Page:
Punicic Acid

Punicic acid (PA) is a polyunsaturated fatty acid (18:3 n-5), which is classified as a conjugated linolenic acid. PA is also referred to as a “super CLnA” whose effect is even more potent than that of an ordinary CLnA. It is found mainly in the seeds of the pomegranate fruit (Punica granatum) and Trichoxanthes kirilowii and some other minor sources. It possesses a wide array of biological properties including antidiabetic, antiobesity, antiproliferative, and anticarcinogenic activity against various forms of cancer. In spite of this, the PA has not been explored as a nutraceutical or as an ingredient of food products which can be aimed at specific consumer target groups.

The Pomegranate fruit has cultivated around the world in subtropical and tropical areas like Arizona, Afghanistan, Iraq, Iran, India, Italy, Turkey, Egypt, California, Chile, and Spain. 2010-11, the region under cultivation for pomegranate production in Pakistan was 12,900 hectares, yielding an annual production of approximately 50,000 tons. Pomegranate production amounts could reach about 65,000 tons, in which the peels (pericarp, rind, or hull) quantity to about 60% of the pomegranate fruit weight.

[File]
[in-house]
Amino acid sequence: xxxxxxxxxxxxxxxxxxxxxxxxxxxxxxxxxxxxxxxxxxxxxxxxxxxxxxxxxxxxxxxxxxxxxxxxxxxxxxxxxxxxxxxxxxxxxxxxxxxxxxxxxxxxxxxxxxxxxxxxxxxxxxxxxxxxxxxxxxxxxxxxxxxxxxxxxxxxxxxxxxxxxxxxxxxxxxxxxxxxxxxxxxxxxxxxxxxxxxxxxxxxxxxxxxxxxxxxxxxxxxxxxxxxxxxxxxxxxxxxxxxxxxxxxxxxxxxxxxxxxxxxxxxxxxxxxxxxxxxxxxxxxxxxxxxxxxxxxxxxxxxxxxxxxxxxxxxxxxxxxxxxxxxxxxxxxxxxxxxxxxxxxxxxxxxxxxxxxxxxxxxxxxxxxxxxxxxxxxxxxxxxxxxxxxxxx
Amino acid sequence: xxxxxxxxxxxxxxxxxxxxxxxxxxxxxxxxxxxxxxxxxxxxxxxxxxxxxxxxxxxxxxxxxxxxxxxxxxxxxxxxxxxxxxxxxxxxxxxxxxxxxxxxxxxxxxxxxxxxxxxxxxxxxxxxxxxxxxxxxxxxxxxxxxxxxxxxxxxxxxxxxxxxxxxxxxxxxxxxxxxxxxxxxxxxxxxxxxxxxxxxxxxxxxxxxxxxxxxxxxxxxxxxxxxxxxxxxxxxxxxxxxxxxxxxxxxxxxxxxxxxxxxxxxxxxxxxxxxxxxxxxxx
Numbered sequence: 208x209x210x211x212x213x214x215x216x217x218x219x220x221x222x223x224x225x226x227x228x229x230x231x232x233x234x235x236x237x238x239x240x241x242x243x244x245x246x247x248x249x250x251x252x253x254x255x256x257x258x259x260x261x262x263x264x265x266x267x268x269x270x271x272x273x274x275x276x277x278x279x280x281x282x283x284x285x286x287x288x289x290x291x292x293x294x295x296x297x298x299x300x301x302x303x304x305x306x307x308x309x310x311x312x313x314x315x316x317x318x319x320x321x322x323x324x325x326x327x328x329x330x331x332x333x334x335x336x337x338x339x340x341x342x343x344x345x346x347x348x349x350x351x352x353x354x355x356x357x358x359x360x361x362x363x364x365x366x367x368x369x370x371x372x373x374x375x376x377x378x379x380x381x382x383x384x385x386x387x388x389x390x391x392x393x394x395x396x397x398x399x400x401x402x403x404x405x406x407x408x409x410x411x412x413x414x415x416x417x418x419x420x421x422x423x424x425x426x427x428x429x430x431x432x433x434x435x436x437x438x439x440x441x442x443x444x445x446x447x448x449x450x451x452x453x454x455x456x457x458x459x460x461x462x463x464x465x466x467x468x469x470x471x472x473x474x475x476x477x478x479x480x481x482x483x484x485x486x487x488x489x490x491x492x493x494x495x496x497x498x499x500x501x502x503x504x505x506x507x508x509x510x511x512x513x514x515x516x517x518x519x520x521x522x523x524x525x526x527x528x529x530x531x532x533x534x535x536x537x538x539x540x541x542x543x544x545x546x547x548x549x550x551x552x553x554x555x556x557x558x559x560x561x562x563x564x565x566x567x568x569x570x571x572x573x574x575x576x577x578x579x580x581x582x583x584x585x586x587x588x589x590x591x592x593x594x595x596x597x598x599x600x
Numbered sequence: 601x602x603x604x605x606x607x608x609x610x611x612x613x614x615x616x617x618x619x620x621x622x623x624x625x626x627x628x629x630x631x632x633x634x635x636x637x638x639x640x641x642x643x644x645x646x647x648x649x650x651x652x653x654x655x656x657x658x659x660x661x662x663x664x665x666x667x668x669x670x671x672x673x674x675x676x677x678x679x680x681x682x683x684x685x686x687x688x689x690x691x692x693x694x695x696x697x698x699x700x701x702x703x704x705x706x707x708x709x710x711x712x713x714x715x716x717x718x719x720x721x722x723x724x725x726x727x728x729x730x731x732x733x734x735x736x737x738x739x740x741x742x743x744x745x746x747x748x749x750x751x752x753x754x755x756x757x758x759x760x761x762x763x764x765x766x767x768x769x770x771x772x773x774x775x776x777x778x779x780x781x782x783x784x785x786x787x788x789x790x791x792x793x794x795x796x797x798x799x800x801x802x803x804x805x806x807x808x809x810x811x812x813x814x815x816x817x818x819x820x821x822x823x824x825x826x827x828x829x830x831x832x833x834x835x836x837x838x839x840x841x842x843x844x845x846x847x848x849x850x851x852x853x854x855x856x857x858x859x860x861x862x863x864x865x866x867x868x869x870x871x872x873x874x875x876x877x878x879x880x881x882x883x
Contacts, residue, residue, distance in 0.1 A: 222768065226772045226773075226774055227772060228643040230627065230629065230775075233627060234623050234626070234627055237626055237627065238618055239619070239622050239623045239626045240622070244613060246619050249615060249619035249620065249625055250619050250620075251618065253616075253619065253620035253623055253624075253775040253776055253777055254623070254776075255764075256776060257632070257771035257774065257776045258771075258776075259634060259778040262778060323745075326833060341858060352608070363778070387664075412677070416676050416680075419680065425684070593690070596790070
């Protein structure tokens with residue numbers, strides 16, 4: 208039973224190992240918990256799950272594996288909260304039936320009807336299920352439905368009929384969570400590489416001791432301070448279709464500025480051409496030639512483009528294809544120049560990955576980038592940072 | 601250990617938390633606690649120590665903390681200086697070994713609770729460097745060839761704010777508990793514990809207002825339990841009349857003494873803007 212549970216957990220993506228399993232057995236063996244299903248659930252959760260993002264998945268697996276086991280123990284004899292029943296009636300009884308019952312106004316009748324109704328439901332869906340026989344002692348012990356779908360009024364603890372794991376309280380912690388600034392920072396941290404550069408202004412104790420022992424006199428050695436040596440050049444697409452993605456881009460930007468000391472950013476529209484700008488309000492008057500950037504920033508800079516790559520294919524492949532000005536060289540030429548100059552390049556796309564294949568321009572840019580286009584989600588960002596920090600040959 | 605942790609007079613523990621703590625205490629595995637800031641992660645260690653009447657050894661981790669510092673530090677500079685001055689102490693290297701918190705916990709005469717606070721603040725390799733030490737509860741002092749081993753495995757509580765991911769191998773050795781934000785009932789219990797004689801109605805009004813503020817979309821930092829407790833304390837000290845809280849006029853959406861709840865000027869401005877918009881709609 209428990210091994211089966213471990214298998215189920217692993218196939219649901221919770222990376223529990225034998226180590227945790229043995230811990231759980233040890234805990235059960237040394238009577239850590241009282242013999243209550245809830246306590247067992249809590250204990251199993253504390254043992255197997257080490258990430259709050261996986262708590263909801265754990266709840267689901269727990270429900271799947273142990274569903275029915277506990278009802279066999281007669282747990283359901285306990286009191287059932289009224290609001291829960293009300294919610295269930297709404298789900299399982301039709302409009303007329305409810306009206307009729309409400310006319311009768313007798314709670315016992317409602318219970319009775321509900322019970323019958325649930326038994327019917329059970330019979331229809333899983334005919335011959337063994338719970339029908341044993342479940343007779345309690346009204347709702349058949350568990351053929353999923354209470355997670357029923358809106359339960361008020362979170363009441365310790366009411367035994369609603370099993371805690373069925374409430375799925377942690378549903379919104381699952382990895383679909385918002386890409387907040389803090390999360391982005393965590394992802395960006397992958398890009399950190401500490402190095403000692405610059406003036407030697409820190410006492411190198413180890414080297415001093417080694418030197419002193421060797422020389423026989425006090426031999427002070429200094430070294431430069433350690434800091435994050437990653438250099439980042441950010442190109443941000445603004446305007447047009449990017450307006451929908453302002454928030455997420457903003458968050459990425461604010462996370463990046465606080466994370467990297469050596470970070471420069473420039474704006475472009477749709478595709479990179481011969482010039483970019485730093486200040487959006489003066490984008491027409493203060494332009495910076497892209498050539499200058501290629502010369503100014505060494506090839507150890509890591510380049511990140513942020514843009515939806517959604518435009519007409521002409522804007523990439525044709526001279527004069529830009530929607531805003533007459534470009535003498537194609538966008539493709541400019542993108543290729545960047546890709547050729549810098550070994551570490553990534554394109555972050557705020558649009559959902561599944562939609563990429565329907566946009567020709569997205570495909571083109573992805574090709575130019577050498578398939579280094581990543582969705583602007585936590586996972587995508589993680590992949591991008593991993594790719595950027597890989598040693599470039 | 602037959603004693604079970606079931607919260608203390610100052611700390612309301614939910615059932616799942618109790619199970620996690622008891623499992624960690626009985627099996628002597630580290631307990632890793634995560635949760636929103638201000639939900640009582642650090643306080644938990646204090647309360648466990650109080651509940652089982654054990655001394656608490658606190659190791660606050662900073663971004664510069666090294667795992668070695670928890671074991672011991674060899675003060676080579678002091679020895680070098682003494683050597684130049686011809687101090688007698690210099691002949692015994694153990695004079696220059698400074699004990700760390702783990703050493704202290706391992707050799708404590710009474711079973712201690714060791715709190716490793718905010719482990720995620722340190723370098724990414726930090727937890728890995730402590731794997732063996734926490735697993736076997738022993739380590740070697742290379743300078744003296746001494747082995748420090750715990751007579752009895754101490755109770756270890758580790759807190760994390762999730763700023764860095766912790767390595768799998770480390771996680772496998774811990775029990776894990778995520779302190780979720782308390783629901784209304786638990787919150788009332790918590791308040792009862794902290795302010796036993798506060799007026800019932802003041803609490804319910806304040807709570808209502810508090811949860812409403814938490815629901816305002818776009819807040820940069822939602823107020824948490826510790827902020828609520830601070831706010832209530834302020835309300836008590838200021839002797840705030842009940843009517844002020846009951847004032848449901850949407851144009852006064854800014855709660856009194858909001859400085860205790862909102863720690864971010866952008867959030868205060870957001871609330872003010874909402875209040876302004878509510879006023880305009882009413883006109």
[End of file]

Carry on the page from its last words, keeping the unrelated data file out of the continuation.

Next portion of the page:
One pomegranate contains 1 g of fiber (mostly insoluble), 12% of vitamins B6 and C and potassium per day. On the opposite hand, it’s noticed that about 500g/kg of the entire fruit weight corresponds to the peel, while the remainder is the edible parts of the pomegranate, consisting of 400g/kg arils and 100g/kg seeds. Pomegranate is a crucial source of bioactive compounds and different parts of it are utilized in medicine for several centuries and therefore the edible parts used in pharmaceutical world-wide.

Pomegranate comprises of an upscale kind of flavonoids, which contain roughly 0.2 to 1.0% of the natural product. About 30% of all anthocyanidins found in pomegranate is contained inside the peel. These flavonoid-rich pomegranate phenolic divisions are obligated for anticancer action. Pomegranate peel gives more significant returns of phenolics, flavonoids, and proanthocyanidins than the mash. Flavonoid content was fundamentally more noteworthy inside the strip than the pulp (59 versus 17mg/g), as were proanthocyanidins (11 versus 5mg/g).

It is known to be Paradise fruit because of the therapeutic potential and promising nutraceutical features. It prevents many ailments like blood pressure, diabetes, body stress, joint disorders, anemia, diarrhea and cardiovascular disorders. Its seeds also as skin are used for the cure of stomach diseases and improve digestion.


Author: Kaneez Fatima (MPhil Food Science and Technology)

Supervisor Name: Dr. Saima Tehseen (Assistant Professor)

Address: Government College Women University, Faisalabad, Pakistan 

Email: fkaneez018@gmail.com


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